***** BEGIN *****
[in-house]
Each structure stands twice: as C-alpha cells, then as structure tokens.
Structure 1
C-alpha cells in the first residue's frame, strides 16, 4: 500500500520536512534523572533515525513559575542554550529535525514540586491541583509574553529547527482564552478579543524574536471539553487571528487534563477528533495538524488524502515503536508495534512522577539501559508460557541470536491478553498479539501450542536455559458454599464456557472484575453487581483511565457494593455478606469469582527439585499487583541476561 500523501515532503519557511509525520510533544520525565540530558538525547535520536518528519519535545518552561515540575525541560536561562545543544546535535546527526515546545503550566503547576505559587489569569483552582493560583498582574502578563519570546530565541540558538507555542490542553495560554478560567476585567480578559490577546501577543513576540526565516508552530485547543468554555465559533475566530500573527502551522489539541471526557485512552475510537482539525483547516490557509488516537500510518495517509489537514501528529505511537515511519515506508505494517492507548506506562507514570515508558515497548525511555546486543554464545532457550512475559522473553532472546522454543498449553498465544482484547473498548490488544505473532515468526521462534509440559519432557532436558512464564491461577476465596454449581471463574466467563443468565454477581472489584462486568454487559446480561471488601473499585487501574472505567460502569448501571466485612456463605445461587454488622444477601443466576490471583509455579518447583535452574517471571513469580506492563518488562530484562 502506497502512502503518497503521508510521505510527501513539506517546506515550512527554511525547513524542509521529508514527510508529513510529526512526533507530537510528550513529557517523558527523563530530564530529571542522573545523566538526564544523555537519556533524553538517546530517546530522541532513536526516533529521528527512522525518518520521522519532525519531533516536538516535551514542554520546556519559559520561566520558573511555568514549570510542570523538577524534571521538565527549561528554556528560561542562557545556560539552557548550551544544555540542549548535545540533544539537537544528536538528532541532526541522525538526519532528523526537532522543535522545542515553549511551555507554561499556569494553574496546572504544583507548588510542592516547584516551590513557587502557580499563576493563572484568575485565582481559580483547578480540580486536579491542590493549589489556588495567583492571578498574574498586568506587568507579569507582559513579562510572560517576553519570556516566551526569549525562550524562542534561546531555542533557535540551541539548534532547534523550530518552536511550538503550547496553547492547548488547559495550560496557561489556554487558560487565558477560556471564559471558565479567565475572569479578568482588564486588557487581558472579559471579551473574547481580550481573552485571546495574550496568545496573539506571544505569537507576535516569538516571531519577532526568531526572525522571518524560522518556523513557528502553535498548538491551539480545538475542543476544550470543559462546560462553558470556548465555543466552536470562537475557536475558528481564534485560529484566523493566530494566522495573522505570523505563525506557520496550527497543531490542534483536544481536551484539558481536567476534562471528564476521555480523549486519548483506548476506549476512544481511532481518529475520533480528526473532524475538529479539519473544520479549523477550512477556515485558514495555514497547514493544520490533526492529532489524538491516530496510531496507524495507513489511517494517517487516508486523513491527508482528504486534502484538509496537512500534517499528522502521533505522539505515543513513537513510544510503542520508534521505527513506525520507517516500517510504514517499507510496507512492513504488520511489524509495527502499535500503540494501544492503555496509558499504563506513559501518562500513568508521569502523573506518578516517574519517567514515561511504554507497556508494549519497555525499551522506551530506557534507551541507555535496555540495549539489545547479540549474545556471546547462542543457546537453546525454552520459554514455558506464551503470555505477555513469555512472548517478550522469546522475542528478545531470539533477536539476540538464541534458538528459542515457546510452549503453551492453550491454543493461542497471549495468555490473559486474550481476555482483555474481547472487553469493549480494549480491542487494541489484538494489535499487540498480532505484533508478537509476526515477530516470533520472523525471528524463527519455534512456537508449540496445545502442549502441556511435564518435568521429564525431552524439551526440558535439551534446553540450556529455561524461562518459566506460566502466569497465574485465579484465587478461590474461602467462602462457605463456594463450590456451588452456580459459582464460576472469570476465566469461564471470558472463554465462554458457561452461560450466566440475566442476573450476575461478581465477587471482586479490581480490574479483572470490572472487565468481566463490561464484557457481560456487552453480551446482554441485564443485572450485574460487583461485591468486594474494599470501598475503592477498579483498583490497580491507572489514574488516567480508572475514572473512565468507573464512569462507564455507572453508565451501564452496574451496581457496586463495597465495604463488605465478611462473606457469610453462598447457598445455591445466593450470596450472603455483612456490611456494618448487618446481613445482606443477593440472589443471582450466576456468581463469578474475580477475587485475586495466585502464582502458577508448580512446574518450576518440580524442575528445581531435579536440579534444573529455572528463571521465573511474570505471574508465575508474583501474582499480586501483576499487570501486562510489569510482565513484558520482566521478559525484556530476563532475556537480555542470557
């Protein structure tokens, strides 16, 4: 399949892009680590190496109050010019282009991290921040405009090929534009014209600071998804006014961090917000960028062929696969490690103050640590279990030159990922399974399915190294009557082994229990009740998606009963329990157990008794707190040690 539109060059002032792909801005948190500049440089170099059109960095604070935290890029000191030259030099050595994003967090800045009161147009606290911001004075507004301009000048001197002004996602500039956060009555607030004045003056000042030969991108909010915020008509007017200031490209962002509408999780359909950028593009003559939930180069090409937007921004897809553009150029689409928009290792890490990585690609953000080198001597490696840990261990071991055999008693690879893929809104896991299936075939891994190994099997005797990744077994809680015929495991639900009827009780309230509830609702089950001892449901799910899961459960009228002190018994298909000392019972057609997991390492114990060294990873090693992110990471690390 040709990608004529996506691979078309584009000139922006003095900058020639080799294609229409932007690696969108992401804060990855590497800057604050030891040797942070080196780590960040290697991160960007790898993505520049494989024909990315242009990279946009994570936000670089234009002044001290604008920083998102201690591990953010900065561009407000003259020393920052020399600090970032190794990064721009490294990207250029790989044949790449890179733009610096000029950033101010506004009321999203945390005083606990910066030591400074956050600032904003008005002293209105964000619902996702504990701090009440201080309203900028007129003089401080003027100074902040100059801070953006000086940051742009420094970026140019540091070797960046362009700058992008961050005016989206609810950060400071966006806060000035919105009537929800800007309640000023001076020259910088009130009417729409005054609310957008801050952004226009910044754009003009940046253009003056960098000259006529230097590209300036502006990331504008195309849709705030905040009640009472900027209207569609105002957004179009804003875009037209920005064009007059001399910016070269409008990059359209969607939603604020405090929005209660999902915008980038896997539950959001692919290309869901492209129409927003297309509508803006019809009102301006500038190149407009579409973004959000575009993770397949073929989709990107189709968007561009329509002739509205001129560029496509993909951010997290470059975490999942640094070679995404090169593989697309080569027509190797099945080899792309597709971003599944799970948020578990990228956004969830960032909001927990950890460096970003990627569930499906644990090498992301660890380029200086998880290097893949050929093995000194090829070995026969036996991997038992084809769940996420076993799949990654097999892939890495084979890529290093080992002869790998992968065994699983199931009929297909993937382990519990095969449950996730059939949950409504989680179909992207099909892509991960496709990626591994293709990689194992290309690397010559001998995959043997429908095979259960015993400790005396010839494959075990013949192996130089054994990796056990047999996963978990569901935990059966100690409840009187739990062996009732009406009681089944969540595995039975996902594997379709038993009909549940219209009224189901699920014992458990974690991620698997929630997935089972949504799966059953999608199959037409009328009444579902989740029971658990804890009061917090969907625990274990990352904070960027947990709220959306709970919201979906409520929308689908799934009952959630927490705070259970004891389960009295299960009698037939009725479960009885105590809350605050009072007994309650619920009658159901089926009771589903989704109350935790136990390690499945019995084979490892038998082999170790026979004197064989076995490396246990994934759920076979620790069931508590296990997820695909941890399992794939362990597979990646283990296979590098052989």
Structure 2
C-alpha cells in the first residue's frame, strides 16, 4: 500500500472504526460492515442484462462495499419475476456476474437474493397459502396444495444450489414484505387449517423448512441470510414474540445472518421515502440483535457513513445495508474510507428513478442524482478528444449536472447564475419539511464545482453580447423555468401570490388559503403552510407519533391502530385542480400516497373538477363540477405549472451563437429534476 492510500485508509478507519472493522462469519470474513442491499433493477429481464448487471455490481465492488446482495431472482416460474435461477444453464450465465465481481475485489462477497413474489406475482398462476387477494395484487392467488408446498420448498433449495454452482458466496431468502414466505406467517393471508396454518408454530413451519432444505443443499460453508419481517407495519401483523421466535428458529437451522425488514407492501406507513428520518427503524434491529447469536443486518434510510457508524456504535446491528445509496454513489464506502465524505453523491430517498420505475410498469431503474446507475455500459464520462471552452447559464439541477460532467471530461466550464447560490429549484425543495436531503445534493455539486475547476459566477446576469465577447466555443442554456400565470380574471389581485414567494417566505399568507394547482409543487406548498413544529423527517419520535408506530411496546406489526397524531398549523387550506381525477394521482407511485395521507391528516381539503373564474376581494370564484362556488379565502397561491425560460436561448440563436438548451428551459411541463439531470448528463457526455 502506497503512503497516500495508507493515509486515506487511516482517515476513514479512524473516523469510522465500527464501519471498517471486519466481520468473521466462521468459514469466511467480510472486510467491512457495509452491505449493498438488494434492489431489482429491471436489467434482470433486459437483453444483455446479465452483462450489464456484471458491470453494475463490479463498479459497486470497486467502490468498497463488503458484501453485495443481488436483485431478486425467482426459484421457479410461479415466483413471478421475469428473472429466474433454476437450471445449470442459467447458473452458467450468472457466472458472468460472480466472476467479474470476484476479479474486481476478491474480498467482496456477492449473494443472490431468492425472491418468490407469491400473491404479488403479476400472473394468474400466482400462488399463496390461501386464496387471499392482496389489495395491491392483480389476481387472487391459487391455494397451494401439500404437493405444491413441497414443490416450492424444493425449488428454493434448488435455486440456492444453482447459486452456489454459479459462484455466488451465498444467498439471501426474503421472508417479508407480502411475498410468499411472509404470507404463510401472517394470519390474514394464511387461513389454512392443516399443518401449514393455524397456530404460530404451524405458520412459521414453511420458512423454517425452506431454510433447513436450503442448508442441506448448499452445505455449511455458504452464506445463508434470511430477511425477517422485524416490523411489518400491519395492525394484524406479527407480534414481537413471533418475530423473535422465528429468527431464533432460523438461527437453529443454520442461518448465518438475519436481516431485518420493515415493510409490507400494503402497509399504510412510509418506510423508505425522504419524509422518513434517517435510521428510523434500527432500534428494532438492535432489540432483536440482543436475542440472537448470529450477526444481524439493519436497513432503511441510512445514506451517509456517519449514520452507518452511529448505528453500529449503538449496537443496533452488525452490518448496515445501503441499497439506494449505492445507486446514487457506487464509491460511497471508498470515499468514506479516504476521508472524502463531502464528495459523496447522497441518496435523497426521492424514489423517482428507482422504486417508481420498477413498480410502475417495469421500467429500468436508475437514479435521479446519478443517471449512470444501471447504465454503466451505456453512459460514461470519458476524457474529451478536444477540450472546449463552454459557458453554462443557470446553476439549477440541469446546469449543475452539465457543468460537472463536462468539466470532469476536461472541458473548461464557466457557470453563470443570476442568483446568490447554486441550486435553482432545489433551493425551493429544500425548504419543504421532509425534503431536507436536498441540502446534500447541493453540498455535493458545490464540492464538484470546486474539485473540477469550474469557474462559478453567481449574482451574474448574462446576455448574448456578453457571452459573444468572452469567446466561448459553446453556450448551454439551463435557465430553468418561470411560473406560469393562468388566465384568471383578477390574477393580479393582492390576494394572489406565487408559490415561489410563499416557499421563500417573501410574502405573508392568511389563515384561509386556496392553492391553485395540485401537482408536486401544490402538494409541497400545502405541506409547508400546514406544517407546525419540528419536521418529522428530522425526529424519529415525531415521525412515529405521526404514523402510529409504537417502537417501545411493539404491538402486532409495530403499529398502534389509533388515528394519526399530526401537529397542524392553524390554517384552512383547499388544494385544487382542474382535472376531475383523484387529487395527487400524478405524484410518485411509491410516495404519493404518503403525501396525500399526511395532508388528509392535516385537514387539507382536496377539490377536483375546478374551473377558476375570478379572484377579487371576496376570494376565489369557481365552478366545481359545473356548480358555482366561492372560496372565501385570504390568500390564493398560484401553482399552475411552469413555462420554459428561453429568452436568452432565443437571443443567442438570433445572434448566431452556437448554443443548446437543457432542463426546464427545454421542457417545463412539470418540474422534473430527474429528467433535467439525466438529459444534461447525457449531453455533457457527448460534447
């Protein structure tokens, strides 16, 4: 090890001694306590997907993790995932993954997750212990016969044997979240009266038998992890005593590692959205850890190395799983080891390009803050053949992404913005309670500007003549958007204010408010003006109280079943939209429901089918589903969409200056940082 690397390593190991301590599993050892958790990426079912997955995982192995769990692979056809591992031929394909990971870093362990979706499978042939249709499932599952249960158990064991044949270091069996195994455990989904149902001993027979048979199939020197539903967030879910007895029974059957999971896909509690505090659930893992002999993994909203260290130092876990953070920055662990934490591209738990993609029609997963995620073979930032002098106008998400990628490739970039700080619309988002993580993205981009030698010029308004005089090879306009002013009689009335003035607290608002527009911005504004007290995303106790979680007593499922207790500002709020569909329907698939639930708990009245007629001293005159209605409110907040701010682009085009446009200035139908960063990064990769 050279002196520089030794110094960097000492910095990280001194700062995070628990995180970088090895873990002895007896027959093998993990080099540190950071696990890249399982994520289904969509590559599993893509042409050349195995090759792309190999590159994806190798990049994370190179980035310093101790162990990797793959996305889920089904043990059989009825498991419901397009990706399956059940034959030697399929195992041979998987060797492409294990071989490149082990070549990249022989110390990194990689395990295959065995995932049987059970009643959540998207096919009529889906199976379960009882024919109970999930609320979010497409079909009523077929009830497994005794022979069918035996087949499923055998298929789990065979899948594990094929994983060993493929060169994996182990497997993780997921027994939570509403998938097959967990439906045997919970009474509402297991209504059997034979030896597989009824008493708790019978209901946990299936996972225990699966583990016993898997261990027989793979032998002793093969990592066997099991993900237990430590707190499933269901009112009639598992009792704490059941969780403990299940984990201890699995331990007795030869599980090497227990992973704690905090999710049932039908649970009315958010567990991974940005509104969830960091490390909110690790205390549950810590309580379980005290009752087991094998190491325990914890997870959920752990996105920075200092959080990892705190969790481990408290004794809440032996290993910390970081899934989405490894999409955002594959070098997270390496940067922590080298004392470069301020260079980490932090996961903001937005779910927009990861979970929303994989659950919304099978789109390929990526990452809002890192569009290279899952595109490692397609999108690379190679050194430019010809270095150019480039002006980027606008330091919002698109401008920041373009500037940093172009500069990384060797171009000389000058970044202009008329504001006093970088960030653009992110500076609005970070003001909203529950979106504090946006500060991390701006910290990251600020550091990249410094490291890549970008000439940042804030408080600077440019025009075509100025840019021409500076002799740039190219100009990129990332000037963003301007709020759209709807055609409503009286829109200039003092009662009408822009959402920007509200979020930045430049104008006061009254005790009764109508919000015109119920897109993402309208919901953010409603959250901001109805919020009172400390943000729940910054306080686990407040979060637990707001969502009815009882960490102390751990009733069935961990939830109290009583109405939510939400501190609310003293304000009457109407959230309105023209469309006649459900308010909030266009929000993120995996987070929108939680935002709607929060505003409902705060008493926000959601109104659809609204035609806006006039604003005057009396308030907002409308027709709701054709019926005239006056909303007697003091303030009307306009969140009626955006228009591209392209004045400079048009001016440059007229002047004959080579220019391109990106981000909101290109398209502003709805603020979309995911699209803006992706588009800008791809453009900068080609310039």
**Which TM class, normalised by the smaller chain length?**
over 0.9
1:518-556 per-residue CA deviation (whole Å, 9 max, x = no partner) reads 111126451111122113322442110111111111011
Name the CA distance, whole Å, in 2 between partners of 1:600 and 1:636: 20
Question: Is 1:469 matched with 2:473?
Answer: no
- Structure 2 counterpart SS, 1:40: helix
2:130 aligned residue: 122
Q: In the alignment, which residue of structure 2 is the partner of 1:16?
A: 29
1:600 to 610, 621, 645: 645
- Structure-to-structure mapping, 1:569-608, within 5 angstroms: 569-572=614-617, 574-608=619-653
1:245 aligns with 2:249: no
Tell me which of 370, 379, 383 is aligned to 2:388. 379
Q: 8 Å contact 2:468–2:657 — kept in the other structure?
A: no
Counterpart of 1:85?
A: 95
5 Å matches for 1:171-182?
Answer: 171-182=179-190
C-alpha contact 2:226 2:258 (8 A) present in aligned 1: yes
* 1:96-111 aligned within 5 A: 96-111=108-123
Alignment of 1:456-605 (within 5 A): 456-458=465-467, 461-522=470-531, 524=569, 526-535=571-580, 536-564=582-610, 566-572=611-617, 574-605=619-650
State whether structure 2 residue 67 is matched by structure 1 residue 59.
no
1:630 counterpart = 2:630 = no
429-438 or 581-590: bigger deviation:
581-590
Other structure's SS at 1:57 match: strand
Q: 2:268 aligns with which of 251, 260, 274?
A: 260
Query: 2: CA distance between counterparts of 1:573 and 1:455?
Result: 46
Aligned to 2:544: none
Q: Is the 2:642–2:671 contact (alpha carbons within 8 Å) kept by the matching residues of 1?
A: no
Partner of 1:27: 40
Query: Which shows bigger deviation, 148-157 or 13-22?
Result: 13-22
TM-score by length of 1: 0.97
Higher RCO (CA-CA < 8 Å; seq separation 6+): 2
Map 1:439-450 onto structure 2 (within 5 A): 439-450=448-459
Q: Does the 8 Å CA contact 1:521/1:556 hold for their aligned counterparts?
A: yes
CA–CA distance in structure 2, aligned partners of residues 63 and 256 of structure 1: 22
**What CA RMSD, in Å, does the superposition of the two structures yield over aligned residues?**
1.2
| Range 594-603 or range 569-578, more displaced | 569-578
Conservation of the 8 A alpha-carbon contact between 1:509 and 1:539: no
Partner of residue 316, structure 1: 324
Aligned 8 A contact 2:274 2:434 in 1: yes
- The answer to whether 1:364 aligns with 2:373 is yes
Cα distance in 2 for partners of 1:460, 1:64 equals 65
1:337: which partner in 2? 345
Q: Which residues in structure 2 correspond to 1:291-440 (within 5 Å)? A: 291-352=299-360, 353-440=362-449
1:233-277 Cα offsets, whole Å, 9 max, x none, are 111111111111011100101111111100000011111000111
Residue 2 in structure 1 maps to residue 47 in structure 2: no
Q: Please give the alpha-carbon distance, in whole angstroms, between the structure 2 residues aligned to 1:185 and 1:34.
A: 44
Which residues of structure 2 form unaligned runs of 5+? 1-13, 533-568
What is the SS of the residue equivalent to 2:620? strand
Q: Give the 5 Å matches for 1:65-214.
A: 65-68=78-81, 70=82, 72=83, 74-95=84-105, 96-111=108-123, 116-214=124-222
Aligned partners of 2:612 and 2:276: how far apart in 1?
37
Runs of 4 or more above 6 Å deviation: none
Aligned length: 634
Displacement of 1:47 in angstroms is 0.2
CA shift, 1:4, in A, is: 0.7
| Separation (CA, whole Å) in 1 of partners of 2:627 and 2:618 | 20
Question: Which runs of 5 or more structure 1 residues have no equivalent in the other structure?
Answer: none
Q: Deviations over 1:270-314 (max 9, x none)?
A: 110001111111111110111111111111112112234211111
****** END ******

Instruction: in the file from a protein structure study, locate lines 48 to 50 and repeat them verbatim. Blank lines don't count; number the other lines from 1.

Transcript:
TM-score by length of 1: 0.97
Higher RCO (CA-CA < 8 Å; seq separation 6+): 2
Map 1:439-450 onto structure 2 (within 5 A): 439-450=448-459